People increasingly understand the importance of good mental health. But the incentives for improving the mental wellbeing of the nation are not just related to health. There is a monumental economic imperative there, too. Some £105bn is lost each year to mental ill health, much of which comes from a depletion of productivity.
Duncan Selbie, chief executive of Public Health England, believes local government has a unique role to play in improving mental wellbeing – and thus unlocking billions – through co-ordinating targeted, preventative investments across the public sector.
In an interview with The MJ, Mr Selbie explains that while the focus on mental health is often associated with the likes of schizophrenia and bipolar disorder, there are many conditions that local authorities and their partners can prevent.
‘What is affecting people’s regular health at home and in the workplace?’ he says. ‘I am talking about relationships at home, childcare issues, stress or just having a boss who is not easy to be with. That can lead to a great deal of ill health and absence from work.
‘The singular most important thing to do to improve wellbeing for people is to get them in work. When in work, pay attention to health and, within that, mental health.’
Public Health England has released a tool that helps local public health teams identify the most cost-effective mental health programmes, as well as a raft of evidence-based resources. The tool outlines the estimated savings society can make from targeted investments. For instance, for every pound invested in children’s social and emotional learning, a saving of £5.08 can be made to society over the course of three years.
But some familiar problems remain. The first is that councils have been squeezed to their limits. Many authorities increasingly have to forgo long-term preventative investments in order to fund immediate high-needs pressures.
‘Nothing comes close to the fiscal ruthlessness of local government and in public services it stands alone. It should be very proud', says Mr Selbie. 'That is a standout achievement. But there are still opportunities to spend what is being spent now more wisely. There are many occasions where the spend is there but it is not acting in a preventative way. I am not saying there is enough money to get on with it. I am saying this is all the money you have got, get on with it.’
Despite the fact that it is not always straightforward to see where the investment, or indeed the savings, of a preventative intervention might be, Mr Selbie maintains it is the smartest approach. The failure to focus on prevention until now is ‘why we have the pressures we have got today’, he says. ‘The best way to win the argument for more investment is to show what you have done with what you have got. I am arguing for as much as possible in local government because I know it will spend it well.’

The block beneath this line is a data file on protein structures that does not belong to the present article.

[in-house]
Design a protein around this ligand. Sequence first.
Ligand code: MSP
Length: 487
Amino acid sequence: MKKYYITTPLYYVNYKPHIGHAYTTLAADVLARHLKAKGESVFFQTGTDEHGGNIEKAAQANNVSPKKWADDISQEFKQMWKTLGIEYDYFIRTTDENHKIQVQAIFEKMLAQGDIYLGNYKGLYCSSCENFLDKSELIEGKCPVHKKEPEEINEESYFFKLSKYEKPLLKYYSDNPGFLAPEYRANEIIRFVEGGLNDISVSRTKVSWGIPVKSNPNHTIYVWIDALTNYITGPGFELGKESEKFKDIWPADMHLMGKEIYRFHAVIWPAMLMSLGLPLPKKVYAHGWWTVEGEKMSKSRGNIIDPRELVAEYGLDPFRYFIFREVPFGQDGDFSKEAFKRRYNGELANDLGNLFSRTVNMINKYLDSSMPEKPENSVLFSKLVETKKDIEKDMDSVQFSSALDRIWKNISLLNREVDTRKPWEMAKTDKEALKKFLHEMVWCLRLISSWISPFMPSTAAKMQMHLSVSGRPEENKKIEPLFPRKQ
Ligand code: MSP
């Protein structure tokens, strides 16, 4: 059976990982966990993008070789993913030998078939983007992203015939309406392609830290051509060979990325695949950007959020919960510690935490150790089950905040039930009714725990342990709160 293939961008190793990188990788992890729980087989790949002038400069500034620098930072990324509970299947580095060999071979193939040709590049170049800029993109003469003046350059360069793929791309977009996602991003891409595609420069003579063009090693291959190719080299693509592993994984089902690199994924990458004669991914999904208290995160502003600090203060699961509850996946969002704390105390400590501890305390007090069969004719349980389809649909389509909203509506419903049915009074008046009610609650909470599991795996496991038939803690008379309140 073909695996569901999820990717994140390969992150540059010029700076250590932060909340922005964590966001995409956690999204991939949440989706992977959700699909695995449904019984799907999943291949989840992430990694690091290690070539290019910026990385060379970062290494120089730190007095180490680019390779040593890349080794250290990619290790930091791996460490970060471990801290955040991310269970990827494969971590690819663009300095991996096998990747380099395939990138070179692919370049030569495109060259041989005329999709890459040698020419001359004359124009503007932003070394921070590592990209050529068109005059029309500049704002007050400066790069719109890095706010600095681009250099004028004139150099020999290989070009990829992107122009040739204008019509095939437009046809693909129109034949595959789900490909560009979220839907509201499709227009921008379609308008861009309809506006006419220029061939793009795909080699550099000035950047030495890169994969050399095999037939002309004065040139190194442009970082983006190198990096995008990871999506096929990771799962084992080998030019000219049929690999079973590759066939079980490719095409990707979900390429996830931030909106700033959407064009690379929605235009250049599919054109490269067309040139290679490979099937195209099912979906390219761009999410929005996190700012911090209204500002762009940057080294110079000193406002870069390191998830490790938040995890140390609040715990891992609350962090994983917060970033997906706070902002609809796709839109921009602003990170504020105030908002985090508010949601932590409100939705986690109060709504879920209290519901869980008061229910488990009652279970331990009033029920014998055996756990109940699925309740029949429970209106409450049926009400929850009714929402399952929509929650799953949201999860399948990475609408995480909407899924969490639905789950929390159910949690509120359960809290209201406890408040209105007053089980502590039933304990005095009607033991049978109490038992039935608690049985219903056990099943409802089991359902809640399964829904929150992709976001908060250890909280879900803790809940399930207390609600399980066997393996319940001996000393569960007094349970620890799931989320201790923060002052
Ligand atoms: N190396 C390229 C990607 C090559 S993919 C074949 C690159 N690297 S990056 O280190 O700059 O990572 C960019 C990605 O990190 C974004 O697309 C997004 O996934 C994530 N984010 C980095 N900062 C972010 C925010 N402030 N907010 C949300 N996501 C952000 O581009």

The second problem is the organisations that invest are not necessarily the ones drawing a direct financial return. This is where Mr Selbie believes local government has a significant role to play as leaders of place. ‘Local government never had a lever on everything, but has ascended in the last five years to a place where it did not have to try [to have a lever on everything].’
Mr Selbie says local government’s role is to create a great place in which to live, work, raise a family and be educated. The sector does this through attracting inward investment, creating homes people want to live in, influencing schools and creating an environment for businesses to flourish.
In order to prevent mental ill health and boost productivity, Mr Selbie believes local authorities are key. ‘It all depends on collective integrated action – not just learning, but acting together. The sector is uniquely placed to co-ordinate and lead as a place leader. Local authorities can get the chief constable, the NHS and businesses in the room and say “here are a few areas where we would do better working together”. There is no substitute for local government in that. To convene and influence is the unique selling proposition of local government.’
Mr Selbie explains there is a huge amount of latent economic activity in each local authority area that can be harnessed to tackle problems like mental ill health.
In Sheffield, for instance, he points out that the council’s public health budget is around £30m, but the council’s budget is around £1bn and the economy of the area is well in excess of £4bn. ‘There is a lot of economic activity,’ says Mr Selbie. ‘But, are we using it in the best possible way?
‘Nobody nationally is preventing [the public sector] from making certain investments where there is collective agreement that this is the best thing to do.
‘Pool resources and spend it as smartly as possible,’ he advises.